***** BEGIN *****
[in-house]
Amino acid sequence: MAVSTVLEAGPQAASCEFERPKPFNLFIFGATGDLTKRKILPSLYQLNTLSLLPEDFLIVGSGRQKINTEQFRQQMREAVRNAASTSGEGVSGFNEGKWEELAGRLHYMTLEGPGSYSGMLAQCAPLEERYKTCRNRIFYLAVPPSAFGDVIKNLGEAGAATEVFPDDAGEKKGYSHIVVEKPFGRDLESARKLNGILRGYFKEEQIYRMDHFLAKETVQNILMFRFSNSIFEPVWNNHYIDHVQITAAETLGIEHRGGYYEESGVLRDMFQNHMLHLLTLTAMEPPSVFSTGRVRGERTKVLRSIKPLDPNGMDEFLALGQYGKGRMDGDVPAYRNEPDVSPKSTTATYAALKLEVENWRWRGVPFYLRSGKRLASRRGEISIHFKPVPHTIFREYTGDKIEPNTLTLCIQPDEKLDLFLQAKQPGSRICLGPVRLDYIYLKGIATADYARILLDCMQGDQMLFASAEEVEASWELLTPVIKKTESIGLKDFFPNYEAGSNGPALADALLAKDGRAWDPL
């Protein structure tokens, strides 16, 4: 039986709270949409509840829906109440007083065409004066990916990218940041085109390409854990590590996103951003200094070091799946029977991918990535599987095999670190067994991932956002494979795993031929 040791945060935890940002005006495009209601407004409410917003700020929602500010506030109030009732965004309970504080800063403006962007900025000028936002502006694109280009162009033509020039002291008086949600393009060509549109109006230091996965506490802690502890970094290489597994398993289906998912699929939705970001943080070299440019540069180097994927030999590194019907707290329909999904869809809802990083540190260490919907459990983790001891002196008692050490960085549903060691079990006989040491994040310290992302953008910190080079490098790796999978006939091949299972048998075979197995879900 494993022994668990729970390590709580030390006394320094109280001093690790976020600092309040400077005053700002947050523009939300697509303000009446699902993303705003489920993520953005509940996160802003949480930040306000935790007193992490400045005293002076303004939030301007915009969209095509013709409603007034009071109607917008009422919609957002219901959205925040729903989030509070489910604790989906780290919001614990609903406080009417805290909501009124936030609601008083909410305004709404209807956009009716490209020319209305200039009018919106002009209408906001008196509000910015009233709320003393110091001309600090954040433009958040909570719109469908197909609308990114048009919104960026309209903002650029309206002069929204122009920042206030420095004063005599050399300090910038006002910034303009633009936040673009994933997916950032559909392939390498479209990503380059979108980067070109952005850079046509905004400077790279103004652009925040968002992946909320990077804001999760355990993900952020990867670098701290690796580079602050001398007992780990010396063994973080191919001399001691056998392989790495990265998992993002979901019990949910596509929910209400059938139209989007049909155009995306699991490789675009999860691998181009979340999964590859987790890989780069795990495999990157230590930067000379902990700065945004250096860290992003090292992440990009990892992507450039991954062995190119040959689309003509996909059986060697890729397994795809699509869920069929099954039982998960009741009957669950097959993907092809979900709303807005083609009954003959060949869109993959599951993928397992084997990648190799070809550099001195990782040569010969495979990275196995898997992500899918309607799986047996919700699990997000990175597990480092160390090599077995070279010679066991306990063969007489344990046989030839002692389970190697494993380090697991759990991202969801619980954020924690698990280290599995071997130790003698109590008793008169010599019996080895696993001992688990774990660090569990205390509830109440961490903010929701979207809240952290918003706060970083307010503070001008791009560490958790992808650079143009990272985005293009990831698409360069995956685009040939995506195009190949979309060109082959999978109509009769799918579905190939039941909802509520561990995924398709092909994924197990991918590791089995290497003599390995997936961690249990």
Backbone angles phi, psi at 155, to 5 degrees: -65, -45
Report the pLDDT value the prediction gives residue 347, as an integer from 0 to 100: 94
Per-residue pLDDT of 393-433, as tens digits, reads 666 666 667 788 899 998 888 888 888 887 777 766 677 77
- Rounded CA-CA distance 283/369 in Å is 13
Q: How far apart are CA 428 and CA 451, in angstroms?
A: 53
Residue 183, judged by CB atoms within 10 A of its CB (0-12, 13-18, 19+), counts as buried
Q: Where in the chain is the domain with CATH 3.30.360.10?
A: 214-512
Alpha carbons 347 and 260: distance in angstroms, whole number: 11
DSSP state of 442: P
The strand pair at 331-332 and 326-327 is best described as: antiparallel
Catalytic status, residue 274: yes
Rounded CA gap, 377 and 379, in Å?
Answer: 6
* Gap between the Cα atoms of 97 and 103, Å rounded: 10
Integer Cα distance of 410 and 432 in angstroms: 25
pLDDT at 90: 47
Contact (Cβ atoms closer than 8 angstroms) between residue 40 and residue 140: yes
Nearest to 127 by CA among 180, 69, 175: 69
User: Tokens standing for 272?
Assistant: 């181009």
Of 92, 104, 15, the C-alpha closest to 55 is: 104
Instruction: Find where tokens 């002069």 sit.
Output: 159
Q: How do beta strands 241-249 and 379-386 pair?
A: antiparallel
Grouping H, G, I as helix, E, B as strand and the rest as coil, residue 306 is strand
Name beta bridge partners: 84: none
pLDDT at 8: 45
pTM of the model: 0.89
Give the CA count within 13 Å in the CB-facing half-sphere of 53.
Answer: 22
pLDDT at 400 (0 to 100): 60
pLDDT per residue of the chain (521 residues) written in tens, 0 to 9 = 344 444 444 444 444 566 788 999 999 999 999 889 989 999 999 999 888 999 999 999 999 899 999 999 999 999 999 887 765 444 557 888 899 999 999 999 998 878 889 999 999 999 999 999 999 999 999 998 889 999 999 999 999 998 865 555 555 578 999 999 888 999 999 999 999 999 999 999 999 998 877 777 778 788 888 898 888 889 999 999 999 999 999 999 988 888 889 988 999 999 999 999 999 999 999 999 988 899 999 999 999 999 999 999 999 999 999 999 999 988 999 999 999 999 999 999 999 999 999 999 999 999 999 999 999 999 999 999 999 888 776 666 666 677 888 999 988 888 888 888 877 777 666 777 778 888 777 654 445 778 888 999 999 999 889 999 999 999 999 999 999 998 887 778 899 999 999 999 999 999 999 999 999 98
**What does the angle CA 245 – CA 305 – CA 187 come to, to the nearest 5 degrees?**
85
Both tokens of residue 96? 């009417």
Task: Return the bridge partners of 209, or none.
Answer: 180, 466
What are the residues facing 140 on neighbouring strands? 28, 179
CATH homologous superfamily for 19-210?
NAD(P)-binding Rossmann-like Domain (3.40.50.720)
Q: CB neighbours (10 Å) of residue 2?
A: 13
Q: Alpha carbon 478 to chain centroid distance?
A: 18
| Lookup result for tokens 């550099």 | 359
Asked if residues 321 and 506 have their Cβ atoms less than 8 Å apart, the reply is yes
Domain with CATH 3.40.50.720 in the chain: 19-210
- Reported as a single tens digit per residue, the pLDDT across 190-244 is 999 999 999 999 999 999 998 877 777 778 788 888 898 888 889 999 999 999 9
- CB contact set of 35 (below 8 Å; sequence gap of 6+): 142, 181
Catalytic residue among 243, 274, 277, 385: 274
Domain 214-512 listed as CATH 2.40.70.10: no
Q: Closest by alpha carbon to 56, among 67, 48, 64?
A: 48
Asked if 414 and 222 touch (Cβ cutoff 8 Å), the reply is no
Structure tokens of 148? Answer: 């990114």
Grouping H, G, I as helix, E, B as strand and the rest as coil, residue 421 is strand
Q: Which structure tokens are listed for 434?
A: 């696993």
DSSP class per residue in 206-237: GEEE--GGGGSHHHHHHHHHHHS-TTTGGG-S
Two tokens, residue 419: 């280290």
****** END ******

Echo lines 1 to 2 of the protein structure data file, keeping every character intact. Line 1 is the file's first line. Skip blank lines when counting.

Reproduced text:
[in-house]
Amino acid sequence: MAVSTVLEAGPQAASCEFERPKPFNLFIFGATGDLTKRKILPSLYQLNTLSLLPEDFLIVGSGRQKINTEQFRQQMREAVRNAASTSGEGVSGFNEGKWEELAGRLHYMTLEGPGSYSGMLAQCAPLEERYKTCRNRIFYLAVPPSAFGDVIKNLGEAGAATEVFPDDAGEKKGYSHIVVEKPFGRDLESARKLNGILRGYFKEEQIYRMDHFLAKETVQNILMFRFSNSIFEPVWNNHYIDHVQITAAETLGIEHRGGYYEESGVLRDMFQNHMLHLLTLTAMEPPSVFSTGRVRGERTKVLRSIKPLDPNGMDEFLALGQYGKGRMDGDVPAYRNEPDVSPKSTTATYAALKLEVENWRWRGVPFYLRSGKRLASRRGEISIHFKPVPHTIFREYTGDKIEPNTLTLCIQPDEKLDLFLQAKQPGSRICLGPVRLDYIYLKGIATADYARILLDCMQGDQMLFASAEEVEASWELLTPVIKKTESIGLKDFFPNYEAGSNGPALADALLAKDGRAWDPL